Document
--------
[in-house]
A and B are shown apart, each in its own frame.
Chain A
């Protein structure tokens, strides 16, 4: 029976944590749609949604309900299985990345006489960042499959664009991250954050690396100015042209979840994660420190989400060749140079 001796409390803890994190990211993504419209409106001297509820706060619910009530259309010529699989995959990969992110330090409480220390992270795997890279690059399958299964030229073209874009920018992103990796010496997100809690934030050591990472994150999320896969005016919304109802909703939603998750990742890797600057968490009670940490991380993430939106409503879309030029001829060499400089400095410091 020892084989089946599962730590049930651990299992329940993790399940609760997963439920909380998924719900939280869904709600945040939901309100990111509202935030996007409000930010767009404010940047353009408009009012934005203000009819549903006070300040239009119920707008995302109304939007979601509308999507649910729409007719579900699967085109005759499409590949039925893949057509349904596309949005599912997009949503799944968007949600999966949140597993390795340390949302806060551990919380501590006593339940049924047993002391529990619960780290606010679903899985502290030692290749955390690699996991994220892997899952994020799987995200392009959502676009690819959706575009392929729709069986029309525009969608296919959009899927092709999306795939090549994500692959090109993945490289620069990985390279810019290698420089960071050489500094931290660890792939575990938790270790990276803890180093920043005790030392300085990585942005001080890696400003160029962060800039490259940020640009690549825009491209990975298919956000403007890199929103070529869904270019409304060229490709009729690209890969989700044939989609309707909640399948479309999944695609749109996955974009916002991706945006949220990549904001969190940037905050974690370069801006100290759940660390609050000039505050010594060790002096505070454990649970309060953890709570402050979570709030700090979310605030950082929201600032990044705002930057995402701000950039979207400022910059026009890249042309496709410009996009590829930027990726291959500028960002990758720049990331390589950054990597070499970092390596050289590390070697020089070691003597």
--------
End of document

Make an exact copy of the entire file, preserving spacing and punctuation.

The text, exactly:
[in-house]
A and B are shown apart, each in its own frame.
Chain A
């Protein structure tokens, strides 16, 4: 029976944590749609949604309900299985990345006489960042499959664009991250954050690396100015042209979840994660420190989400060749140079 001796409390803890994190990211993504419209409106001297509820706060619910009530259309010529699989995959990969992110330090409480220390992270795997890279690059399958299964030229073209874009920018992103990796010496997100809690934030050591990472994150999320896969005016919304109802909703939603998750990742890797600057968490009670940490991380993430939106409503879309030029001829060499400089400095410091 020892084989089946599962730590049930651990299992329940993790399940609760997963439920909380998924719900939280869904709600945040939901309100990111509202935030996007409000930010767009404010940047353009408009009012934005203000009819549903006070300040239009119920707008995302109304939007979601509308999507649910729409007719579900699967085109005759499409590949039925893949057509349904596309949005599912997009949503799944968007949600999966949140597993390795340390949302806060551990919380501590006593339940049924047993002391529990619960780290606010679903899985502290030692290749955390690699996991994220892997899952994020799987995200392009959502676009690819959706575009392929729709069986029309525009969608296919959009899927092709999306795939090549994500692959090109993945490289620069990985390279810019290698420089960071050489500094931290660890792939575990938790270790990276803890180093920043005790030392300085990585942005001080890696400003160029962060800039490259940020640009690549825009491209990975298919956000403007890199929103070529869904270019409304060229490709009729690209890969989700044939989609309707909640399948479309999944695609749109996955974009916002991706945006949220990549904001969190940037905050974690370069801006100290759940660390609050000039505050010594060790002096505070454990649970309060953890709570402050979570709030700090979310605030950082929201600032990044705002930057995402701000950039979207400022910059026009890249042309496709410009996009590829930027990726291959500028960002990758720049990331390589950054990597070499970092390596050289590390070697020089070691003597």